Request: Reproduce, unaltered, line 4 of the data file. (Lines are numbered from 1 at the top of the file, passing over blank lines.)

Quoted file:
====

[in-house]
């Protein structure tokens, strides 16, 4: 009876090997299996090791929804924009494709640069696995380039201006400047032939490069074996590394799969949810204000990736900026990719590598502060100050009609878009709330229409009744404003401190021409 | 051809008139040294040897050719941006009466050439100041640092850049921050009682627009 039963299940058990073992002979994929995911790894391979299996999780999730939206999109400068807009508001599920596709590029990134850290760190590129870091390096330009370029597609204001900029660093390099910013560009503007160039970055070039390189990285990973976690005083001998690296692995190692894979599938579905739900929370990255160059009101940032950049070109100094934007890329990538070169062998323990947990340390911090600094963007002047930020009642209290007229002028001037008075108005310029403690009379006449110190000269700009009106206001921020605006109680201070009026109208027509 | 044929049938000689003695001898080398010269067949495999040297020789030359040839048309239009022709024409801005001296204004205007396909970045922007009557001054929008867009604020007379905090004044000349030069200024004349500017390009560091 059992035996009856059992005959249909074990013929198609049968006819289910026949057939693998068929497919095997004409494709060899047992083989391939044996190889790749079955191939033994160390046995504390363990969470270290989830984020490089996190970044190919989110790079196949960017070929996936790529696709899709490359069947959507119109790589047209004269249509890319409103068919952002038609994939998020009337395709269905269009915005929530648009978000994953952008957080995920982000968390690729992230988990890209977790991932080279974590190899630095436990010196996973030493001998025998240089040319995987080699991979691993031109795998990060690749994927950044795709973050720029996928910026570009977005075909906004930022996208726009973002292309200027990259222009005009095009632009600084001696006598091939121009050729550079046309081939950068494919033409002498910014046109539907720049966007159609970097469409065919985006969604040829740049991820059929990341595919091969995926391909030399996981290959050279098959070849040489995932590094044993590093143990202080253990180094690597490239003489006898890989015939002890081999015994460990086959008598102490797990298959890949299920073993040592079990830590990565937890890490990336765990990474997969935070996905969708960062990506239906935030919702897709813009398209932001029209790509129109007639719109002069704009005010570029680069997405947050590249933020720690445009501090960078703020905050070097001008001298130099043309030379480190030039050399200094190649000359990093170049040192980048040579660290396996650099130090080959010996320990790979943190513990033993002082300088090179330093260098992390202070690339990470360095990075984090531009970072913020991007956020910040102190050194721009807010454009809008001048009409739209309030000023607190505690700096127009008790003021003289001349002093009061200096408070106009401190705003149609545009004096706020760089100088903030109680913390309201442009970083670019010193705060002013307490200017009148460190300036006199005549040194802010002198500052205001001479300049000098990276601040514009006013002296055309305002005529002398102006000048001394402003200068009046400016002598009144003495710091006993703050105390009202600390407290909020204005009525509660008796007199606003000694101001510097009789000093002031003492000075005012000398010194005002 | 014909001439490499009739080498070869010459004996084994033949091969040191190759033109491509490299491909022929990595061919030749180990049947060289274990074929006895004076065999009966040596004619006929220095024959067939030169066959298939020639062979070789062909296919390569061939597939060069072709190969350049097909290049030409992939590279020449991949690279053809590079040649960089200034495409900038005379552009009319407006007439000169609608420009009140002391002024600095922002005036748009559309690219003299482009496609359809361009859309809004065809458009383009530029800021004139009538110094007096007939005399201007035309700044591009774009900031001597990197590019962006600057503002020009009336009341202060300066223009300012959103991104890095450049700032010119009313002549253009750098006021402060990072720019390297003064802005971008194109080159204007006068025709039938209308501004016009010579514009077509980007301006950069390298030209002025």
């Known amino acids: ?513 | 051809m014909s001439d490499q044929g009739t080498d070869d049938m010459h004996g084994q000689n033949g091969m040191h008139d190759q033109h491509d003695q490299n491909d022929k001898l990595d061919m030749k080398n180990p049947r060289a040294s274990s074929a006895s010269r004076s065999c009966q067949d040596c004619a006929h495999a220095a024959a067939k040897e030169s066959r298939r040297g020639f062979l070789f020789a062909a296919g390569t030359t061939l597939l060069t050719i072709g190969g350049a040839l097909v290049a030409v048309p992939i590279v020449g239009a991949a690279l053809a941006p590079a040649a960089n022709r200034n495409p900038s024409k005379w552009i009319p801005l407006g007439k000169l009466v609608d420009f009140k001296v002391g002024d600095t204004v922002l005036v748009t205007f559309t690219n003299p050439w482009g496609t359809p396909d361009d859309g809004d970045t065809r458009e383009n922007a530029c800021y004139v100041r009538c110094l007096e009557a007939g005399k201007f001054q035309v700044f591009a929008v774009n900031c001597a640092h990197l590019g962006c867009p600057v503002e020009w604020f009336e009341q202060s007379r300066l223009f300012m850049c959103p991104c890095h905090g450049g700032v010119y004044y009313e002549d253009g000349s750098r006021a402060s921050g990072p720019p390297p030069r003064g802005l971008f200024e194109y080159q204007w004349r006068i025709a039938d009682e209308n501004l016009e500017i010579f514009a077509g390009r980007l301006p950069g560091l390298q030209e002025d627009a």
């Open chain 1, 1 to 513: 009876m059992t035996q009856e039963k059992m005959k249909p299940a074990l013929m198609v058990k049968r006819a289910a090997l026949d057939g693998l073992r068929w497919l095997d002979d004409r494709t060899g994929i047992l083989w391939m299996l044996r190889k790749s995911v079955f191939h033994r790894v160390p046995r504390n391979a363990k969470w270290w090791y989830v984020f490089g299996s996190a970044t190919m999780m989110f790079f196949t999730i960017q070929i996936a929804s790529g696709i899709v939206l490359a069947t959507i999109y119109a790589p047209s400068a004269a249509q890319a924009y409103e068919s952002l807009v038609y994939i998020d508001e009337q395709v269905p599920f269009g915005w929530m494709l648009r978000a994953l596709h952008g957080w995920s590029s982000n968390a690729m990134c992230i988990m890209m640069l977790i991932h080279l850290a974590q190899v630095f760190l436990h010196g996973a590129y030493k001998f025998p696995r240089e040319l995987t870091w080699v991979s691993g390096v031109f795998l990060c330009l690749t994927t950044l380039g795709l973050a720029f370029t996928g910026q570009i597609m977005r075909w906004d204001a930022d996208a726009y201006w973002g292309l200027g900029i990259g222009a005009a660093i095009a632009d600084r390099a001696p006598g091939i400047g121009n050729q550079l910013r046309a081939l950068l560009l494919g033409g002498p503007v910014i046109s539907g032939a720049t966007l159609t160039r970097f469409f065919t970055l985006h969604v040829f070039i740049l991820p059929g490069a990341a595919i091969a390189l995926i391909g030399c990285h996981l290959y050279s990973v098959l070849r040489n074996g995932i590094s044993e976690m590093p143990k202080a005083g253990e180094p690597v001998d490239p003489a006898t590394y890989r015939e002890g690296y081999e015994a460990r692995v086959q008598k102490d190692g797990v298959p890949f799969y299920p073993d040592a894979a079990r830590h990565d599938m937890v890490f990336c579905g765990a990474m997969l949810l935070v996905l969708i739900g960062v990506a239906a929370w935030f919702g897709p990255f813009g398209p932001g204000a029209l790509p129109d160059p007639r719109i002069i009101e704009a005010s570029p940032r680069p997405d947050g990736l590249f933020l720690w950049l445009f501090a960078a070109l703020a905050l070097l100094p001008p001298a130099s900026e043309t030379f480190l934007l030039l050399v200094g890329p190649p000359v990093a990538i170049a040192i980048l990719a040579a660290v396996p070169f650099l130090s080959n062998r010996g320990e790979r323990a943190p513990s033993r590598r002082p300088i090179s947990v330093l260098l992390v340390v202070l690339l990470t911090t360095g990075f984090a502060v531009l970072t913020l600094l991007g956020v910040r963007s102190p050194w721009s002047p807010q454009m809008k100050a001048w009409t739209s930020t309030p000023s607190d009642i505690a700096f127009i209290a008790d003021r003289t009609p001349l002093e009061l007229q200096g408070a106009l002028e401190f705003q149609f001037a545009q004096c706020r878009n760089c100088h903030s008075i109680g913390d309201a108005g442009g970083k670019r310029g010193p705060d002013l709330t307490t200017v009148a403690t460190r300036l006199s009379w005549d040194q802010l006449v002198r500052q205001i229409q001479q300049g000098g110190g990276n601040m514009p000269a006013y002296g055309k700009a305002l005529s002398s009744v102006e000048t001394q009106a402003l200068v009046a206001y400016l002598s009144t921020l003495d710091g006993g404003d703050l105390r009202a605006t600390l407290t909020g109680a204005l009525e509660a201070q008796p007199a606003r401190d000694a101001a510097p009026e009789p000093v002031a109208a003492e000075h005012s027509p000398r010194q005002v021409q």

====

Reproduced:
């Open chain 1, 1 to 513: 009876m059992t035996q009856e039963k059992m005959k249909p299940a074990l013929m198609v058990k049968r006819a289910a090997l026949d057939g693998l073992r068929w497919l095997d002979d004409r494709t060899g994929i047992l083989w391939m299996l044996r190889k790749s995911v079955f191939h033994r790894v160390p046995r504390n391979a363990k969470w270290w090791y989830v984020f490089g299996s996190a970044t190919m999780m989110f790079f196949t999730i960017q070929i996936a929804s790529g696709i899709v939206l490359a069947t959507i999109y119109a790589p047209s400068a004269a249509q890319a924009y409103e068919s952002l807009v038609y994939i998020d508001e009337q395709v269905p599920f269009g915005w929530m494709l648009r978000a994953l596709h952008g957080w995920s590029s982000n968390a690729m990134c992230i988990m890209m640069l977790i991932h080279l850290a974590q190899v630095f760190l436990h010196g996973a590129y030493k001998f025998p696995r240089e040319l995987t870091w080699v991979s691993g390096v031109f795998l990060c330009l690749t994927t950044l380039g795709l973050a720029f370029t996928g910026q570009i597609m977005r075909w906004d204001a930022d996208a726009y201006w973002g292309l200027g900029i990259g222009a005009a660093i095009a632009d600084r390099a001696p006598g091939i400047g121009n050729q550079l910013r046309a081939l950068l560009l494919g033409g002498p503007v910014i046109s539907g032939a720049t966007l159609t160039r970097f469409f065919t970055l985006h969604v040829f070039i740049l991820p059929g490069a990341a595919i091969a390189l995926i391909g030399c990285h996981l290959y050279s990973v098959l070849r040489n074996g995932i590094s044993e976690m590093p143990k202080a005083g253990e180094p690597v001998d490239p003489a006898t590394y890989r015939e002890g690296y081999e015994a460990r692995v086959q008598k102490d190692g797990v298959p890949f799969y299920p073993d040592a894979a079990r830590h990565d599938m937890v890490f990336c579905g765990a990474m997969l949810l935070v996905l969708i739900g960062v990506a239906a929370w935030f919702g897709p990255f813009g398209p932001g204000a029209l790509p129109d160059p007639r719109i002069i009101e704009a005010s570029p940032r680069p997405d947050g990736l590249f933020l720690w950049l445009f501090a960078a070109l703020a905050l070097l100094p001008p001298a130099s900026e043309t030379f480190l934007l030039l050399v200094g890329p190649p000359v990093a990538i170049a040192i980048l990719a040579a660290v396996p070169f650099l130090s080959n062998r010996g320990e790979r323990a943190p513990s033993r590598r002082p300088i090179s947990v330093l260098l992390v340390v202070l690339l990470t911090t360095g990075f984090a502060v531009l970072t913020l600094l991007g956020v910040r963007s102190p050194w721009s002047p807010q454009m809008k100050a001048w009409t739209s930020t309030p000023s607190d009642i505690a700096f127009i209290a008790d003021r003289t009609p001349l002093e009061l007229q200096g408070a106009l002028e401190f705003q149609f001037a545009q004096c706020r878009n760089c100088h903030s008075i109680g913390d309201a108005g442009g970083k670019r310029g010193p705060d002013l709330t307490t200017v009148a403690t460190r300036l006199s009379w005549d040194q802010l006449v002198r500052q205001i229409q001479q300049g000098g110190g990276n601040m514009p000269a006013y002296g055309k700009a305002l005529s002398s009744v102006e000048t001394q009106a402003l200068v009046a206001y400016l002598s009144t921020l003495d710091g006993g404003d703050l105390r009202a605006t600390l407290t909020g109680a204005l009525e509660a201070q008796p007199a606003r401190d000694a101001a510097p009026e009789p000093v002031a109208a003492e000075h005012s027509p000398r010194q005002v021409q």